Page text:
Grow Colorful Viola Flowers as Cool-Season Annuals 

In Central Florida, it's the best time of year as northern garden season ends! Last week, I was excited to see the first violas and pansies at my local garden center.   

I eagerly loaded my basket and went home to plant these bright cool-season annuals in my flower yard. Learn why your garden needs viola flowers.

Johnny-Jump-Ups, or violas, are one of numerous violets in the big violet family. The little blooms sold as viola flower plants may be Viola tricolor, Viola cornuta, or a hybrid.  

They are grown in spring and early summer in northern climes and fall through spring in southern climates because they can't handle summer heat.  

Plant violas in half shade to extend their lifespan when temps rise. Water them regularly and deadhead to enhance flowering.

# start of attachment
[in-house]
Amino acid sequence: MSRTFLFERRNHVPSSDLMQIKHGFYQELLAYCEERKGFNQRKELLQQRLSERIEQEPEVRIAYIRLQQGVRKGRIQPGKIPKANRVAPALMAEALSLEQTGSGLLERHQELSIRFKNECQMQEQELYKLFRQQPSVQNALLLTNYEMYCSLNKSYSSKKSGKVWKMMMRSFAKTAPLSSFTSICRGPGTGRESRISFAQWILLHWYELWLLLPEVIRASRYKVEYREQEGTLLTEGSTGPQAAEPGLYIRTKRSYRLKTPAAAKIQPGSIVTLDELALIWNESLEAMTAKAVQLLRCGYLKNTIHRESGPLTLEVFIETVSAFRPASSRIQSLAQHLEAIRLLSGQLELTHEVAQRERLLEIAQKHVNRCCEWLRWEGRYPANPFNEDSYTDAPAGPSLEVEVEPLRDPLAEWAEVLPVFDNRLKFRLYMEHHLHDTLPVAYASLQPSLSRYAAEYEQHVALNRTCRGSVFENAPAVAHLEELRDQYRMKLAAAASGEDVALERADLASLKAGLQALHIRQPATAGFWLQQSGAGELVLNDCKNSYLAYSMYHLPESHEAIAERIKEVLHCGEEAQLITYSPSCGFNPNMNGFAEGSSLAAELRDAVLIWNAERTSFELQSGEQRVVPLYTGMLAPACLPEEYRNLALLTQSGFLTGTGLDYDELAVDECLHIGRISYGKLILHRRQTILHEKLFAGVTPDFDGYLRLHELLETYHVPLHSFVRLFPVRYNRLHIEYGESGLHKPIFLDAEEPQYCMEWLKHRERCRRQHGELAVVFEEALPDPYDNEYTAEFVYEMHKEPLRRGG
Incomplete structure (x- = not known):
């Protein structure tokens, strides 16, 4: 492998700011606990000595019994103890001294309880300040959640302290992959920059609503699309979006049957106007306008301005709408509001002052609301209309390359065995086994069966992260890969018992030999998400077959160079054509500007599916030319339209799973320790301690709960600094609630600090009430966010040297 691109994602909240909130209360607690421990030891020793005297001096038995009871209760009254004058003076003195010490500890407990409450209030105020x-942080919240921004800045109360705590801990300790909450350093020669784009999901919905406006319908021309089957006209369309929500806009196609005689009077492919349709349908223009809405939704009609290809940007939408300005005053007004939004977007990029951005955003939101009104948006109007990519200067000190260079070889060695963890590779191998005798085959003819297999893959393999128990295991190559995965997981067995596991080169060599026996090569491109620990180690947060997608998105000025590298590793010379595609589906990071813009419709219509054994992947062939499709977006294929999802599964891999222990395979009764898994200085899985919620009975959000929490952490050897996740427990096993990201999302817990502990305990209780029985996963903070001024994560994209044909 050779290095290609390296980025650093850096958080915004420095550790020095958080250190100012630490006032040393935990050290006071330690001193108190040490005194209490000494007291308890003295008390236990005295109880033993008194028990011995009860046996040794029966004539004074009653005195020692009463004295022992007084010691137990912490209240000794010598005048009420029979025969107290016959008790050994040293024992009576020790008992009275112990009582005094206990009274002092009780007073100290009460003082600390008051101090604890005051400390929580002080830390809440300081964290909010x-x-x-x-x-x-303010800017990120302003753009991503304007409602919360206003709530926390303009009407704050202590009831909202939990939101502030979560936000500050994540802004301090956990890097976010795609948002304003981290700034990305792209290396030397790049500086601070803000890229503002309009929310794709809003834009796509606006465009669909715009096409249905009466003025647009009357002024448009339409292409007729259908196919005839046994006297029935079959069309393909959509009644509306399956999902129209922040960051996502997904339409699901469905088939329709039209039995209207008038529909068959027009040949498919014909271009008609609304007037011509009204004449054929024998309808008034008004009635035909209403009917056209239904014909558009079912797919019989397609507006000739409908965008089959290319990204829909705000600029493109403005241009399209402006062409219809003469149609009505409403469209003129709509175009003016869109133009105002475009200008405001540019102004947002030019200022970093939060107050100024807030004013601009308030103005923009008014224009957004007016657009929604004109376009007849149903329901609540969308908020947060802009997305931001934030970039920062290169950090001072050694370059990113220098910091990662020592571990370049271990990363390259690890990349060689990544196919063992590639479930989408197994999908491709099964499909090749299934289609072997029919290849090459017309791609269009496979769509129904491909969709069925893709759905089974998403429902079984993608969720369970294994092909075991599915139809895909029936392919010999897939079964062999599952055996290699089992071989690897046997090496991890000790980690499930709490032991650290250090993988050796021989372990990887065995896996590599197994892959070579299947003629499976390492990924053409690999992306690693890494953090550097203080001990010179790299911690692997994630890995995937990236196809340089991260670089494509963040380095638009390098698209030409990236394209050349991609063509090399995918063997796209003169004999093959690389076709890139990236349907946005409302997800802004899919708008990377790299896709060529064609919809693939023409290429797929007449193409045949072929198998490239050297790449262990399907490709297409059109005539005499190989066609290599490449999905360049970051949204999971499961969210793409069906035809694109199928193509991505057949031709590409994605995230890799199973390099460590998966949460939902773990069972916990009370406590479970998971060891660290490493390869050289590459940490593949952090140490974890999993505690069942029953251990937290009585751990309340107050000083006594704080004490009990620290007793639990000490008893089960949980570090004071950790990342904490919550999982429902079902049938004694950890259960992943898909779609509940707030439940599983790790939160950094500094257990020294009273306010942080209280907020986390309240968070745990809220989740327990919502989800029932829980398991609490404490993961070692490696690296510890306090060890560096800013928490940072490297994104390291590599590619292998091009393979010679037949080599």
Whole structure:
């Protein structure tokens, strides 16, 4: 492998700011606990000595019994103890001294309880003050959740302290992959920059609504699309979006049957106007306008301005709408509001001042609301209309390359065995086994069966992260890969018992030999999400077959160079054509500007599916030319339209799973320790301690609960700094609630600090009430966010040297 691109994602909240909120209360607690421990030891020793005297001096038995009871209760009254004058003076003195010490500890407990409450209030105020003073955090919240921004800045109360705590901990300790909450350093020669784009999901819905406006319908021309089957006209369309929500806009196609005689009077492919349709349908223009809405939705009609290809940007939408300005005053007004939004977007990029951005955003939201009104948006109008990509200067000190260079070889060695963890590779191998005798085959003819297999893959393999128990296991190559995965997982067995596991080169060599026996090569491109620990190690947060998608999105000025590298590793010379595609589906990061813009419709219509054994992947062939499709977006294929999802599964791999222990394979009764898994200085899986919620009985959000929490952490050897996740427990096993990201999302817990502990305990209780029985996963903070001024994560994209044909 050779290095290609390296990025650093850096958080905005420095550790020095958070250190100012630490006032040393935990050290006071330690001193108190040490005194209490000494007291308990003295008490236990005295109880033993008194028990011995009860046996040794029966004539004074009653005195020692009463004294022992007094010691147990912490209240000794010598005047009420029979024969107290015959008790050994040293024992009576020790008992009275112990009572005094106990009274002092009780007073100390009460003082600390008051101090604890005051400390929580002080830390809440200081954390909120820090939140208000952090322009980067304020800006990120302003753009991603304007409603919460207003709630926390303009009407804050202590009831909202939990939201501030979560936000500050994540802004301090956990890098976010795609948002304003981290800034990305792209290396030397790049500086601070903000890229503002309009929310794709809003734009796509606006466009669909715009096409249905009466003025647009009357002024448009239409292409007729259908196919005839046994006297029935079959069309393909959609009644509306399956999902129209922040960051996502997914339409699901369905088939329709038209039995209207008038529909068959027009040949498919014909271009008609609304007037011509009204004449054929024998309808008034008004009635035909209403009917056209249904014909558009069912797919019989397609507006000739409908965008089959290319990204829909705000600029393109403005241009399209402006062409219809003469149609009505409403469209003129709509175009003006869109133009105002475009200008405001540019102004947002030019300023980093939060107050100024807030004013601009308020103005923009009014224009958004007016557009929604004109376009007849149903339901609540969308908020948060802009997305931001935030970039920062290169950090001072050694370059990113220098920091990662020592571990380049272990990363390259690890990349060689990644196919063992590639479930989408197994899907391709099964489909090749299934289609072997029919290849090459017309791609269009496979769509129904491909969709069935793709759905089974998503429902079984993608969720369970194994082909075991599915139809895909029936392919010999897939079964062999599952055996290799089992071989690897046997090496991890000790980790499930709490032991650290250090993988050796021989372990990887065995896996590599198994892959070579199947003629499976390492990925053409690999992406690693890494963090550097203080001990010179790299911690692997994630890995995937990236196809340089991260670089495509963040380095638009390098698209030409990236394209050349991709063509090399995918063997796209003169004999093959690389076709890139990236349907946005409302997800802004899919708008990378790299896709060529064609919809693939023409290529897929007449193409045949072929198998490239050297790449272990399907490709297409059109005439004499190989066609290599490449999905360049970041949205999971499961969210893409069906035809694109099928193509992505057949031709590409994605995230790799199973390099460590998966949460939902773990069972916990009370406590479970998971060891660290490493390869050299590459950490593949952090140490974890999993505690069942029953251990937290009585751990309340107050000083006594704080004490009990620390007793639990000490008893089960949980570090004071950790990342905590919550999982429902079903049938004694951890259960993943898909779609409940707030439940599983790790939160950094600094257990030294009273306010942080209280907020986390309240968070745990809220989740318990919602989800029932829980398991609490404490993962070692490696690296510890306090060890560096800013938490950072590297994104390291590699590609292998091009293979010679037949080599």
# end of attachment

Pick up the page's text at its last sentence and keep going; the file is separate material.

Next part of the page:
They can become pests if they grow where you don't want them. If so, grow them in pots for additional control.

Violas are quite easy to grow from seed and are one of the first spring flowers in the north. New colors like Tiger Eye Violas are added to seed catalogs regularly.  

These colorful, easy-to-grow flowers are a must-have for most gardeners' cool-season flower gardens.

Edible blossoms, these add a beautiful garnish to baked foods or salads. Make sure the flowers haven't been exposed to any hazardous chemicals or pesticides, though.  

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